Thursday, May 24, 2012

The Next Big Leap: Everything is a Business Service

Since the 1970s, authors like Alvin Toffler[1], Daniel Bell[2] and John Naisbitt[3] have predicted the post-industrial society. They forecast the end of the industrial era and the dominance of services and information. This is not a new message[6]; the entire service provider industry has reformed around this idea, and in the USA today non-manufacturing industries account for almost 90 percent of the economy. Virtually every product today has a service component to it and many products have been transformed into services.

One of the most interesting examples of this is the Amazon Kindle service which provides an integrated front end to a wide range of Amazon services. The Kindle service optimizes purchases of books plus access to library and new services and automatically synchronizes all the devices the user may use to access the services including the Kindle reader, smart phone and browser.

Amazon was a pioneer in use of Web services. They are well known for their internal policy of mandating that all Amazon systems functionality should be created as externalized services – that is ready for use directly by customers, and this has clearly been at the heart of their considerable success.

However few large enterprises are able to operate in such an agile manner. Amazon was built from the ground up to be an IT enabled business. In larger enterprises generally there is weaker connection between business and IT, plus the challenges of legacy application and infrastructure base and typically immature (application) service portfolios. And we can all observe the archetypical enterprise is becoming even more complex with pressing demands to respond to major market trends including mobile device based processes, analytics and real time business intelligence driven process behaviour. In this frenetic environment, how can we avoid purely tactical responses which simply generate more complexity and legacy?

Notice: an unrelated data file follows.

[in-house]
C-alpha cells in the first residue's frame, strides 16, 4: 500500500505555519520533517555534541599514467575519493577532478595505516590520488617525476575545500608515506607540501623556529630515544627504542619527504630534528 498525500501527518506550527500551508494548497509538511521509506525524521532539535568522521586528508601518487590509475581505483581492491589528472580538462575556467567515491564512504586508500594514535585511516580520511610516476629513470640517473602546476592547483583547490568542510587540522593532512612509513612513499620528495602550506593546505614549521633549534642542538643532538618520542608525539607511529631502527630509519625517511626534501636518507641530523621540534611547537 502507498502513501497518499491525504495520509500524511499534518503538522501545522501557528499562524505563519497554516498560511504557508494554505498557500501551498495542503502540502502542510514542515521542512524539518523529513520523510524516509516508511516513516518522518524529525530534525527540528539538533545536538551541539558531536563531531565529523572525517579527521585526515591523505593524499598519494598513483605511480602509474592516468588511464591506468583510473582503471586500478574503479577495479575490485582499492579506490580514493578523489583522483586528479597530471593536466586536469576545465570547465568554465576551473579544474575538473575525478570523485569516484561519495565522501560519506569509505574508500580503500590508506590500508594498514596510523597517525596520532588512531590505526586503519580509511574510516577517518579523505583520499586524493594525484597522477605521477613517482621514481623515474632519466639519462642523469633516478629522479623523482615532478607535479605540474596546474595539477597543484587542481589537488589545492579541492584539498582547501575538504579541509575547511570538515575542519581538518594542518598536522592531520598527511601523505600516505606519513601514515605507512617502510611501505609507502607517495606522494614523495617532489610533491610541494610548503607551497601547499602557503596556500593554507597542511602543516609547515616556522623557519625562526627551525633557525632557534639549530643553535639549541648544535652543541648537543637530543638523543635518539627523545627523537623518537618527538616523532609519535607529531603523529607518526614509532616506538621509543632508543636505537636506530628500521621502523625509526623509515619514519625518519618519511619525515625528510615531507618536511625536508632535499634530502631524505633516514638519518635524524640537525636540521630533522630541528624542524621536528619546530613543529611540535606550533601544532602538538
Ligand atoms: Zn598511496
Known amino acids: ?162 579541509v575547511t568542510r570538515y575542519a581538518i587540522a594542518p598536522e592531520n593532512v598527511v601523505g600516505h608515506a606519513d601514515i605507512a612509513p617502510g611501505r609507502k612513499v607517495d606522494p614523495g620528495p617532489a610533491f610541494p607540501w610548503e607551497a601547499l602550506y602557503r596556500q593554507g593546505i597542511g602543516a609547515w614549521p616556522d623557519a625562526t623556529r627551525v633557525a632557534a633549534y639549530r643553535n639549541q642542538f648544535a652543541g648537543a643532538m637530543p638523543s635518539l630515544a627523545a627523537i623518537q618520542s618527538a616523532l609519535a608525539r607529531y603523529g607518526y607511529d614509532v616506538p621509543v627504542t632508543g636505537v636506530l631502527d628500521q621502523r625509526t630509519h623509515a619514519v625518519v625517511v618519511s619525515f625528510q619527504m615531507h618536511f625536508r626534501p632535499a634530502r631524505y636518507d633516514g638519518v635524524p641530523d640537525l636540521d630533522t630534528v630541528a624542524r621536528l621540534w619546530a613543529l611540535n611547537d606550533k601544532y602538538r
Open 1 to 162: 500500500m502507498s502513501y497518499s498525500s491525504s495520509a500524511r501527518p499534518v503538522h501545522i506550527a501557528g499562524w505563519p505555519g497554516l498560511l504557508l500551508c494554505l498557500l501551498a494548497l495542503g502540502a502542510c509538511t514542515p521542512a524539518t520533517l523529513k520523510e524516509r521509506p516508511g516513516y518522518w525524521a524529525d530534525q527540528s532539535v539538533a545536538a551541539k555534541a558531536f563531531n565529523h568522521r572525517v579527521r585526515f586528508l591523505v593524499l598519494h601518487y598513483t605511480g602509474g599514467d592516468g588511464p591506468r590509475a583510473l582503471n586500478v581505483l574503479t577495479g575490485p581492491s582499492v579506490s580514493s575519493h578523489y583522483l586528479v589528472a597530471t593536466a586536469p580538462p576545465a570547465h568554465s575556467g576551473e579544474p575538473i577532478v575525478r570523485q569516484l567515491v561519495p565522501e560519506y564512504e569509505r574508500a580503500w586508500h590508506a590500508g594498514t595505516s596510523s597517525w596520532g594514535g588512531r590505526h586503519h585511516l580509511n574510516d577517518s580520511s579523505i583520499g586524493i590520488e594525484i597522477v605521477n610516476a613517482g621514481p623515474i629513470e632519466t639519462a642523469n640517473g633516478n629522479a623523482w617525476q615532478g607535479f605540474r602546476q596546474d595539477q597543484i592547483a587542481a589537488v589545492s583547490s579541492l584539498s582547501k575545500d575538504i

CBDI suggested the answer to this problem over ten years ago. The basic service model provides an efficient and effective architecture that enables reusable capabilities that limit complexity and enable continuous change through separation of concerns. However to be truly effective the service model needs to be integrated into the entire business ecosystem where EVERYTHING IS A BUSINESS SERVICE where, like Amazon, all business capabilities are published as integral components of product and service delivery. To achieve this, the service model must be expanded way beyond the prevailing technology centric SOA approach and become an holistic business service centric model subsuming PEOPLE, PROCESS AND TECHNOLOGY.

Of course there will be decoupling between business services and software services; it will be vital that business services are formed from reusable, common software services that can be rapidly assembled into new business processes to allow rapid response to changing business needs.

Of course this all sounds very fine, but most readers will ask the key question “how do we manage the transformation to a service based enterprise?”  There are so many cultural, political, budgetary and legacy challenges that will stop such an endeavour in its tracks. Most business managers have already dismissed SOA as a technical exercise and remain focused on delivery of urgent business programs. Frankly this is THE CHALLENGE. We all read fine statements from F500 CIOs and CEOs who boast about their transformations, but in practice business as usual perpetuates conventional separation of business and IT.  We have to communicate this from the rooftops!